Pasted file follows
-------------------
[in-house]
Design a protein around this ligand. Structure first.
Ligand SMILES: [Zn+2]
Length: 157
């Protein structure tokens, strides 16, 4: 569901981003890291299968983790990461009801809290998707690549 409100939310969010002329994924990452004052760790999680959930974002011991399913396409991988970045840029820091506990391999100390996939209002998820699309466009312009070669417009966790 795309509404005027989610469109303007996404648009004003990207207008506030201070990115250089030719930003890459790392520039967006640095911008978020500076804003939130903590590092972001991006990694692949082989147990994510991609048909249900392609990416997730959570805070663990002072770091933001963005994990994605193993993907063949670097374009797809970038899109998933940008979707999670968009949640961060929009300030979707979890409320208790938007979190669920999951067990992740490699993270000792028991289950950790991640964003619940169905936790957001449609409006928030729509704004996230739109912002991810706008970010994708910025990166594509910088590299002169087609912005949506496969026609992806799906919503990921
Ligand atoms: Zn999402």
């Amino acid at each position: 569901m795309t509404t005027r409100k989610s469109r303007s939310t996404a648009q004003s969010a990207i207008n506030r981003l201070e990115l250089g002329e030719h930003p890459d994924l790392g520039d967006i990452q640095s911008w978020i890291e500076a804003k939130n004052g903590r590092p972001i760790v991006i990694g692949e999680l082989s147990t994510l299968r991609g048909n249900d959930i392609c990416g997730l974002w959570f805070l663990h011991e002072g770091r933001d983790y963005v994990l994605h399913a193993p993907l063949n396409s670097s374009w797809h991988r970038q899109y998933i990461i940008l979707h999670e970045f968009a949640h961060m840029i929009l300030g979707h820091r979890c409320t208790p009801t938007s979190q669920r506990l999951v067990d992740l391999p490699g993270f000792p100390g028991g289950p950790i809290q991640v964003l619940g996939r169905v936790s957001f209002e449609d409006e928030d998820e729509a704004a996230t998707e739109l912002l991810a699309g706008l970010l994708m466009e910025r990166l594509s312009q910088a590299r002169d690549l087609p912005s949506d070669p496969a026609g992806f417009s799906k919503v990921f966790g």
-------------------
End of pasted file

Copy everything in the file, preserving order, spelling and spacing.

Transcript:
[in-house]
Design a protein around this ligand. Structure first.
Ligand SMILES: [Zn+2]
Length: 157
């Protein structure tokens, strides 16, 4: 569901981003890291299968983790990461009801809290998707690549 409100939310969010002329994924990452004052760790999680959930974002011991399913396409991988970045840029820091506990391999100390996939209002998820699309466009312009070669417009966790 795309509404005027989610469109303007996404648009004003990207207008506030201070990115250089030719930003890459790392520039967006640095911008978020500076804003939130903590590092972001991006990694692949082989147990994510991609048909249900392609990416997730959570805070663990002072770091933001963005994990994605193993993907063949670097374009797809970038899109998933940008979707999670968009949640961060929009300030979707979890409320208790938007979190669920999951067990992740490699993270000792028991289950950790991640964003619940169905936790957001449609409006928030729509704004996230739109912002991810706008970010994708910025990166594509910088590299002169087609912005949506496969026609992806799906919503990921
Ligand atoms: Zn999402």
């Amino acid at each position: 569901m795309t509404t005027r409100k989610s469109r303007s939310t996404a648009q004003s969010a990207i207008n506030r981003l201070e990115l250089g002329e030719h930003p890459d994924l790392g520039d967006i990452q640095s911008w978020i890291e500076a804003k939130n004052g903590r590092p972001i760790v991006i990694g692949e999680l082989s147990t994510l299968r991609g048909n249900d959930i392609c990416g997730l974002w959570f805070l663990h011991e002072g770091r933001d983790y963005v994990l994605h399913a193993p993907l063949n396409s670097s374009w797809h991988r970038q899109y998933i990461i940008l979707h999670e970045f968009a949640h961060m840029i929009l300030g979707h820091r979890c409320t208790p009801t938007s979190q669920r506990l999951v067990d992740l391999p490699g993270f000792p100390g028991g289950p950790i809290q991640v964003l619940g996939r169905v936790s957001f209002e449609d409006e928030d998820e729509a704004a996230t998707e739109l912002l991810a699309g706008l970010l994708m466009e910025r990166l594509s312009q910088a590299r002169d690549l087609p912005s949506d070669p496969a026609g992806f417009s799906k919503v990921f966790g």